5) This thing coasts very well. Many times before you crest a hill you can let off the throttle and drop the FE to 60 and as you top the hill on the cars momentum you will then gain speed downhill "gliding".
    6)If you have a NAV system you have many extra screens available. Watching them as you learn will help with the understanding. The dash screens that all TCH's have are adequate but not as much details as the NAV (go to info, trip info and there is a Consumption and Energy screen.
    7) ECO mode for A/C appears to provide adequate cooling for most all of the climates and assists with higher FE.
    8) Before you ask, yes (on the NAV models) the battery will show a full charge and when it gets to the next to top bar they turn green. If you drop to the bottom bar it turns violet.
    9) The bottom charge level and top charge level does not mean the battery is fully charged or depleted. The TCH computer in order to maximize the life of the batteries keeps the system charged between 60 to 80%.
    10)If you drive for 200 miles and don't see a full charge and thus don't belive me (like several posters) find a very long down grade and watch the charge. Try to start with as full of a chage as you can and you should be able to "top off" the battery. Actually it's not all that important, but it will assure you that it does go the full range.

    This is a great forum as it has topical threads. I would add that at there is database for showing your milage and seeing milages of other drivers and other hybrids.

    Got to go,

    More postings to come.
  • wvgasguywvgasguy Member Posts: 1,405
  • wvgasguywvgasguy Member Posts: 1,405
  • wvgasguywvgasguy Member Posts: 1,405
    (You'll hear of this soon if you just got your hybrid. I copied this from another website)

    First, Pulse - Getting The Car Up To Speed
    When the car needs to get up to speed, gently accelerate. As much as possible, avoid using energy from the large hybrid battery while accelerating.

    Second, Glide - A Special Kind Of Coasting
    Once up to 40 mpg ease slightly back on the accelerator. Then ever so slightly press down the accelerator again and hold the pedal in that position. On the energy screen there should not be any arrows of energy going any direction. If you press to much, repeat the process of easing up and pressing down again until you get it in the right spot. You will notice that there is no energy flowing in any direction on the Prius’ energy screen and the “arrows” are black. In this state, the Prius is basically coasting, without any energy being drawn away to regenerate the battery.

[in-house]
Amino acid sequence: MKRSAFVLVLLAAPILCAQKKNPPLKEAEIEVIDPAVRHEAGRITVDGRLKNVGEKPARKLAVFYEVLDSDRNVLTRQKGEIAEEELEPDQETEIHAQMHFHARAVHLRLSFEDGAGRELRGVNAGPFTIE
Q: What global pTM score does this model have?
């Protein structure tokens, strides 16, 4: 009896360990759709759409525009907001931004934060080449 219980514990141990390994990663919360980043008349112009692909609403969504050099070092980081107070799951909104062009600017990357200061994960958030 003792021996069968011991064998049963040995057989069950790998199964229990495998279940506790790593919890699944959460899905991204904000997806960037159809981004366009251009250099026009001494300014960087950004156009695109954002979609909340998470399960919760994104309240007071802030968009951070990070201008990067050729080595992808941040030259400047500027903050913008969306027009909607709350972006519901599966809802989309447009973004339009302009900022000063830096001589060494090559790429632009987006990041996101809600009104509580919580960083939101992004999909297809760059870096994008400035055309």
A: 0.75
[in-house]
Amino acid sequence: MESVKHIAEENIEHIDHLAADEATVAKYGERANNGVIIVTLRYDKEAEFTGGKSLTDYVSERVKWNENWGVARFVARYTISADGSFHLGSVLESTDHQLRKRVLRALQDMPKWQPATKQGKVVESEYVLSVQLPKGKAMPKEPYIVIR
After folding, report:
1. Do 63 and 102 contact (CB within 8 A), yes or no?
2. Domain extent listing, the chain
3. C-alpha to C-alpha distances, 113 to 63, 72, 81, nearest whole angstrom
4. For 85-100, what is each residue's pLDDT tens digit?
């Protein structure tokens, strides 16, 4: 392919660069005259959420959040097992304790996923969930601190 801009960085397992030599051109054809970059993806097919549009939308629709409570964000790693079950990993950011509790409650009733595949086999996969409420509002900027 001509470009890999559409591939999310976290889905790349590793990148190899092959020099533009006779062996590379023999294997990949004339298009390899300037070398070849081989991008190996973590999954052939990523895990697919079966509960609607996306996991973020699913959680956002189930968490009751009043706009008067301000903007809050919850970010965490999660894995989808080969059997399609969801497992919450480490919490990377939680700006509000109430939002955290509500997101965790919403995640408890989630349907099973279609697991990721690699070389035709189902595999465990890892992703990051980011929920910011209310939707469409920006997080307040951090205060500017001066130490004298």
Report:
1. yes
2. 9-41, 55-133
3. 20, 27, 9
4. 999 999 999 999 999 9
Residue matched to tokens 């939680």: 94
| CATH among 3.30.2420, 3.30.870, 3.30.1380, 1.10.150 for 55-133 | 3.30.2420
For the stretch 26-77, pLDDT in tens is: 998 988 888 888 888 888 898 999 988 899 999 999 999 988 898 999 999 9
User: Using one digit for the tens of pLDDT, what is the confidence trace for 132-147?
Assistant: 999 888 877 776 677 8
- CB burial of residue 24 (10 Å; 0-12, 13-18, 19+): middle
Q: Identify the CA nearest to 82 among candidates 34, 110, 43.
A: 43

Then, Repeat The Process
    Once the car decelerates to the given bottom end of your Glide, usually 30 mph, start the whole process over again. Alternating between periods of Pulsing and periods of Gliding as long as the driving situation allows. The bottom end of the Glide can actually be any speed, but the record breaking drivers generally used 30 mph.

    Pulse And Glide For Everyday Driving?
    It is unlikely that you would be able to do like the record breakers did and Pulse and Glide for an entire tank of gas, but this technique can be implemented, when appropriate, in different parts of your normal driving routine. Every little bit helps when trying to squeeze extra miles out of a tank of gas. When employing this technique, of course, you should always drive safely and not impede other motorist.

    Pulse And Glide In Other Hybrid Cars And Hybrid SUVsThis technique can be implemented in any Toyota or Lexus hybrid car that has the “Hybrid Synergy Drive” (HSD) system. In fact, as a test, I once took a Toyota Highlander Hybrid on a 21 mile drive using this technique and achieved 47.1 miles per gallon. Try that in any other SUV!
  • wvgasguywvgasguy Member Posts: 1,405
    Hard to remember all the tips and to find them later???

    You need to study the posts here and on other forums. An easy way to do this is to open up a blank word file and with every post or suggestion you see that you like just copy and paste over to the word file and save it, then you can have a fairly lengthy document with a lot of useful information to review at your leisure.
  • wvgasguywvgasguy Member Posts: 1,405
    Think about it. Just after you fill up you either see "0" because you're burning gas and not moving, or you'll see "99.9" because you started moving witout applying the throttle and possibly are moving on battery alone, thus the high milage mark. As soon as you pull out onto the highway you're probably going to see 10 then 15 mpg as you give it gas to get that mass moving, then as you get to speed and are say instant averaging 40 mpg the overall tank average will start rising.

    The NAV consumption gage can be a little deceptive as it shows consumption per minute not per mile, and since in the US we measure MILES per gallon the bars don't simply balance out. For example you drive 30 mph for 2 minutes averaging 20 mpg and then you drive 60 mph for 2 minutes while achieving 60 mpg. Is the average 40 mpg? Looking at the bars it looks like it would balance out. But actually you covered 1 mile in the 2 minutes at 20 mpg and 2 miles at 60 mpg so you go twice the distance at the 60 mpg level and thus your overall would be 46.67 mpg.

    So you're cruising through town at stop lights for 2 miles getting 25 mpg and complaining and then you hit the freeway or better yet a rural road where you can freely practice good hybrid driving. Within two miles of filling up and seeing 25mpg, within 1 minute you've doubled your milage and within 2 minutes you have twice as many miles at high FE as you do at low FE and the number climbs dramatically.